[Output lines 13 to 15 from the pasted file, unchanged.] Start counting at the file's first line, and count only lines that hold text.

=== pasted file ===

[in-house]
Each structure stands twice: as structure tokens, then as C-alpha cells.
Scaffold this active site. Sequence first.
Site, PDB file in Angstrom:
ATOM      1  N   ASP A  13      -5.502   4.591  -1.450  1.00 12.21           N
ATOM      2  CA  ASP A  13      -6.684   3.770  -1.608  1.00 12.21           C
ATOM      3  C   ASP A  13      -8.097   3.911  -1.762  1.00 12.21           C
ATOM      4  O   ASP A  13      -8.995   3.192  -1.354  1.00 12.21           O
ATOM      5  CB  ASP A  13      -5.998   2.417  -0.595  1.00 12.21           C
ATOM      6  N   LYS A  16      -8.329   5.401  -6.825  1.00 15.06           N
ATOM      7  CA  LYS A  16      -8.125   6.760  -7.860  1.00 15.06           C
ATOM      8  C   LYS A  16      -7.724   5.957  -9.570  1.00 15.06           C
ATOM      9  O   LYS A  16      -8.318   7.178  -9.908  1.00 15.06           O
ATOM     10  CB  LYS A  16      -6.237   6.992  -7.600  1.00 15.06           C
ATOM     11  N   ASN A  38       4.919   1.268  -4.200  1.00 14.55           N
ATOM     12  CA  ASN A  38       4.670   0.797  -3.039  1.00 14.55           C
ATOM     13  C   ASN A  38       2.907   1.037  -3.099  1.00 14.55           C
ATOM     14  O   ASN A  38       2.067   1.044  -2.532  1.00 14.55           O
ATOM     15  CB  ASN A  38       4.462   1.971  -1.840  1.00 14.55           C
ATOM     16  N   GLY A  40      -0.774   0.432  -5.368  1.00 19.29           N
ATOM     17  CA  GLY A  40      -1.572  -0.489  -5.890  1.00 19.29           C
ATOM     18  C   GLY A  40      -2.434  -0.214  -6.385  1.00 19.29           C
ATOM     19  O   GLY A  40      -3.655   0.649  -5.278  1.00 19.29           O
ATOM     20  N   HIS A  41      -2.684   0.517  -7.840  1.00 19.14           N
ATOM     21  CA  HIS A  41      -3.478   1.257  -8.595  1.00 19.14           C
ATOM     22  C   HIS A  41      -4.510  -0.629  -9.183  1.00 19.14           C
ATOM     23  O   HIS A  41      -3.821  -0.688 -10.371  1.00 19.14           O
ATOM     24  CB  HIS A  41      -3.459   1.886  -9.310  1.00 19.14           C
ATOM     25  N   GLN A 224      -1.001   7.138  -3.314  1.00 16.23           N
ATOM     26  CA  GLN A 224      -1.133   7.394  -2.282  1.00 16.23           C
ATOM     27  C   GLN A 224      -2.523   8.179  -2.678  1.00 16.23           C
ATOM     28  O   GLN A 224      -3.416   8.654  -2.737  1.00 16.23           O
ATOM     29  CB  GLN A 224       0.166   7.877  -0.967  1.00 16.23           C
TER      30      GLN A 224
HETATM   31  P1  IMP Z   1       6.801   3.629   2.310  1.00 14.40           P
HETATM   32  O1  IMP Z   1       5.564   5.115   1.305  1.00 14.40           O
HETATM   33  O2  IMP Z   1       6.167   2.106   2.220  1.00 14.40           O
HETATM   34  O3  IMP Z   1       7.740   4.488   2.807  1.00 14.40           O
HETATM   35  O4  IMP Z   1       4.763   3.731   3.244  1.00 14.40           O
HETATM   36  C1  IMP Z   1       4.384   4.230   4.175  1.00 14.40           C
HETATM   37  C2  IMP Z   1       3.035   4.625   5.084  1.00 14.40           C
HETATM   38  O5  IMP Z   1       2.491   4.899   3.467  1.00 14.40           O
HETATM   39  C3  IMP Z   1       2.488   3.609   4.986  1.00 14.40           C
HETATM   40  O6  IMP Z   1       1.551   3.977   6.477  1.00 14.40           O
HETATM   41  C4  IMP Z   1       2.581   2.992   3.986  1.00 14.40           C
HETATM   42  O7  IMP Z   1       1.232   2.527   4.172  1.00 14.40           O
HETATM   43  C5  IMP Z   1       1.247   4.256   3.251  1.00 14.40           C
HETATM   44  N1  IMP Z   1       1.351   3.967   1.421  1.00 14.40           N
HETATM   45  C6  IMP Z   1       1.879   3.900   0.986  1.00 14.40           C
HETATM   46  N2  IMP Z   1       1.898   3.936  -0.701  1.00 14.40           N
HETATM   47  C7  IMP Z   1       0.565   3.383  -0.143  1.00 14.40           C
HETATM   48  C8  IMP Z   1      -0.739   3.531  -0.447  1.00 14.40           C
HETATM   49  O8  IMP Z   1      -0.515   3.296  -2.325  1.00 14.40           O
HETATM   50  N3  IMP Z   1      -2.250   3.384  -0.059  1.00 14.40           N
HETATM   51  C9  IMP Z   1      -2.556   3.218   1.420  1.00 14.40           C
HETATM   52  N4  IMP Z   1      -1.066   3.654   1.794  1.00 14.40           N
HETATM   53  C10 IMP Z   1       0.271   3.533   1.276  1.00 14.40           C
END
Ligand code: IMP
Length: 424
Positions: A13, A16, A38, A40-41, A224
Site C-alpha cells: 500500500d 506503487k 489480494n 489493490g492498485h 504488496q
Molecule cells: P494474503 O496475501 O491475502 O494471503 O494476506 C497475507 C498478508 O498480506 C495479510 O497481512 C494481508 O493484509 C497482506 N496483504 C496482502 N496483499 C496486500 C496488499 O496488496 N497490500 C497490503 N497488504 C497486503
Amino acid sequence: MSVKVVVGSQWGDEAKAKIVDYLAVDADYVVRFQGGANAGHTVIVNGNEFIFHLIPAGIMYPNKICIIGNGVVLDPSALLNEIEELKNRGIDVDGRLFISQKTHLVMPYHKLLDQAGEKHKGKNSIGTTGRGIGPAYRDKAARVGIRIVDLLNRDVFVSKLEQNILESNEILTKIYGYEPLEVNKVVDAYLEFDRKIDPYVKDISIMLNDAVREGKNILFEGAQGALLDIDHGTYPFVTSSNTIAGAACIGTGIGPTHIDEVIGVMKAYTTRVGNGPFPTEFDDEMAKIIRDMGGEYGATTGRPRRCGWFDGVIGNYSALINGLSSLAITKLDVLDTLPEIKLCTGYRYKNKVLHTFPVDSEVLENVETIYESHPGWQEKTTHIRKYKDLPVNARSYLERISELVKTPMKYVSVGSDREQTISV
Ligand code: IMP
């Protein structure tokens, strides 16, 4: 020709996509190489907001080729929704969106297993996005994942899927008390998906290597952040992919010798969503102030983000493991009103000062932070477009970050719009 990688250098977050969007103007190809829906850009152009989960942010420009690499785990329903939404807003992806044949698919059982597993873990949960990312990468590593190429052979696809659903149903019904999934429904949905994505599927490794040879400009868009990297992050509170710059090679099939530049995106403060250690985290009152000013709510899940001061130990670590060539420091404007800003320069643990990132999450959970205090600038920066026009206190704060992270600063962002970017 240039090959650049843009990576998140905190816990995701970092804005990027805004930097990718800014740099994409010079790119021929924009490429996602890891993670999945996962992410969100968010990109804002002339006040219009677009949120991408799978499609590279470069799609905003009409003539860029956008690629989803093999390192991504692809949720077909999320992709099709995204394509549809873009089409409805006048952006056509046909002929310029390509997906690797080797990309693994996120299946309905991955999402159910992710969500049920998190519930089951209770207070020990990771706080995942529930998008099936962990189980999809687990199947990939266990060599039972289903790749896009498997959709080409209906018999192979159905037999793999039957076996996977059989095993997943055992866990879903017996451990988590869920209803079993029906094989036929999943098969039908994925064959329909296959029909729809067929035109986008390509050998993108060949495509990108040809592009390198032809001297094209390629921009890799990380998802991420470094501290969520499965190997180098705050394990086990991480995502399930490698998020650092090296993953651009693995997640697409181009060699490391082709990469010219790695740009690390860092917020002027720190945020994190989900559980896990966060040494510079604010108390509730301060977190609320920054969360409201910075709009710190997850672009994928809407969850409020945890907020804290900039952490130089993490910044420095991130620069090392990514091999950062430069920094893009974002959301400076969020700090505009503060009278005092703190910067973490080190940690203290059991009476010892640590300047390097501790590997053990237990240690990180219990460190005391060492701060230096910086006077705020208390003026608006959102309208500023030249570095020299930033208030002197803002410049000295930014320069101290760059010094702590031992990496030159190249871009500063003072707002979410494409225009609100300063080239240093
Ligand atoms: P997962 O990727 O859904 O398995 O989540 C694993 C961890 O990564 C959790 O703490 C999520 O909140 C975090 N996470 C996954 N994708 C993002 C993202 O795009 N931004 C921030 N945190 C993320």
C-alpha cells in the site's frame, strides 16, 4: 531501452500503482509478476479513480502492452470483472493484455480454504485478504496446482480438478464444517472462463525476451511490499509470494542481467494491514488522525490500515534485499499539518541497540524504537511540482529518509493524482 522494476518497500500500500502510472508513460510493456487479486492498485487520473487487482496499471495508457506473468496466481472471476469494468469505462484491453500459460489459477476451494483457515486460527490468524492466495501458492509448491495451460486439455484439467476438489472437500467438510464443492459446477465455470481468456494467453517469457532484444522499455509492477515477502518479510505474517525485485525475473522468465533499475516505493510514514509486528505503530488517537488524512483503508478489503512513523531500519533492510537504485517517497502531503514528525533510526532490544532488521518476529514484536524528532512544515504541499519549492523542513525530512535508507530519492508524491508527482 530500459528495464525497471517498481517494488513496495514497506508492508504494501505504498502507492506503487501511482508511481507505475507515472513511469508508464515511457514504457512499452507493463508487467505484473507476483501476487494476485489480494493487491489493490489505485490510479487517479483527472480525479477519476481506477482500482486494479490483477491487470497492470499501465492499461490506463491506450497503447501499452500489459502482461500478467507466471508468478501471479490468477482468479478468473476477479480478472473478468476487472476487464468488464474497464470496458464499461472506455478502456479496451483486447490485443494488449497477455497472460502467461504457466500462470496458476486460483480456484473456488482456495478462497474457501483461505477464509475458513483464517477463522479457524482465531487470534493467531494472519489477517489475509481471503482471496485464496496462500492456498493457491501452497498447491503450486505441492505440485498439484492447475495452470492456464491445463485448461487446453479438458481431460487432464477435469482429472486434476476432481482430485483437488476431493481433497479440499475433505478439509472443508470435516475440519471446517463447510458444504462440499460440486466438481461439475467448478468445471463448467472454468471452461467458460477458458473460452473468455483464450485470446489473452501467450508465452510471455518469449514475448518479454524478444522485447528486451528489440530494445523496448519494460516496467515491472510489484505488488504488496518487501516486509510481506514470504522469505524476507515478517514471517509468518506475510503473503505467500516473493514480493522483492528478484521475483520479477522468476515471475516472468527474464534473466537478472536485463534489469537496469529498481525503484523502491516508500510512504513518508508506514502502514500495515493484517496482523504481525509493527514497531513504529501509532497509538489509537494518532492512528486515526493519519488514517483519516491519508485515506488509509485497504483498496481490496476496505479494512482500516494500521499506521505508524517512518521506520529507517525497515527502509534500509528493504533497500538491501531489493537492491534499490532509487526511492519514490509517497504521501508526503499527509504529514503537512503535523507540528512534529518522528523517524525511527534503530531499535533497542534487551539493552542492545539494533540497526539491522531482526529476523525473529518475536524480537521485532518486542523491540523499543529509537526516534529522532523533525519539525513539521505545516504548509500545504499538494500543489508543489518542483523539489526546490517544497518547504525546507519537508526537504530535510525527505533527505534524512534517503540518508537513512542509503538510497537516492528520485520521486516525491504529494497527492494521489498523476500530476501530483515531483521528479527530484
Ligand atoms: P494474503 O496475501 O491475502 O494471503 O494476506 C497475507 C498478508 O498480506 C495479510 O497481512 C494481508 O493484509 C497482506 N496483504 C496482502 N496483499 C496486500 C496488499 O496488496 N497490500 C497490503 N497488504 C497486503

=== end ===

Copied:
ATOM      9  O   LYS A  16      -8.318   7.178  -9.908  1.00 15.06           O
ATOM     10  CB  LYS A  16      -6.237   6.992  -7.600  1.00 15.06           C
ATOM     11  N   ASN A  38       4.919   1.268  -4.200  1.00 14.55           N